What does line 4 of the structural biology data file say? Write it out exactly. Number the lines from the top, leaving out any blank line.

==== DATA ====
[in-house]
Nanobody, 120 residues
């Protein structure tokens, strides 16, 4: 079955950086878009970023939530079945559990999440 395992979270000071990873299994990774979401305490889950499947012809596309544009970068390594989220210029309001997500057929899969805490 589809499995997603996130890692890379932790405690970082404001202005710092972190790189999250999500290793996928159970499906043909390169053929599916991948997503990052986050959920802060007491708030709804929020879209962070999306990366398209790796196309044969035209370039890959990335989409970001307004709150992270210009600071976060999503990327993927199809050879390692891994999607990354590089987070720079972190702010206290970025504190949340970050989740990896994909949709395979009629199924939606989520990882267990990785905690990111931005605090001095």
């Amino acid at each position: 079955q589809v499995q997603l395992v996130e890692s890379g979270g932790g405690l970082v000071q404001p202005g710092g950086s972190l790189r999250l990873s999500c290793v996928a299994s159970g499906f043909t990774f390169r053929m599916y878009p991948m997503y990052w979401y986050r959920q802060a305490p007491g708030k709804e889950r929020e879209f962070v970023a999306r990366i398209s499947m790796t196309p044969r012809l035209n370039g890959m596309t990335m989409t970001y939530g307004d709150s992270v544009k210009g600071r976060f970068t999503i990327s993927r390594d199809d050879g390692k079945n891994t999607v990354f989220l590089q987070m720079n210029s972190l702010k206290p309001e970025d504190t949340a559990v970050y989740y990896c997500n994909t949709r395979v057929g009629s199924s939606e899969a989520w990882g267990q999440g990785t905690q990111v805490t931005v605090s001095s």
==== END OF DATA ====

């Amino acid at each position: 079955q589809v499995q997603l395992v996130e890692s890379g979270g932790g405690l970082v000071q404001p202005g710092g950086s972190l790189r999250l990873s999500c290793v996928a299994s159970g499906f043909t990774f390169r053929m599916y878009p991948m997503y990052w979401y986050r959920q802060a305490p007491g708030k709804e889950r929020e879209f962070v970023a999306r990366i398209s499947m790796t196309p044969r012809l035209n370039g890959m596309t990335m989409t970001y939530g307004d709150s992270v544009k210009g600071r976060f970068t999503i990327s993927r390594d199809d050879g390692k079945n891994t999607v990354f989220l590089q987070m720079n210029s972190l702010k206290p309001e970025d504190t949340a559990v970050y989740y990896c997500n994909t949709r395979v057929g009629s199924s939606e899969a989520w990882g267990q999440g990785t905690q990111v805490t931005v605090s001095s």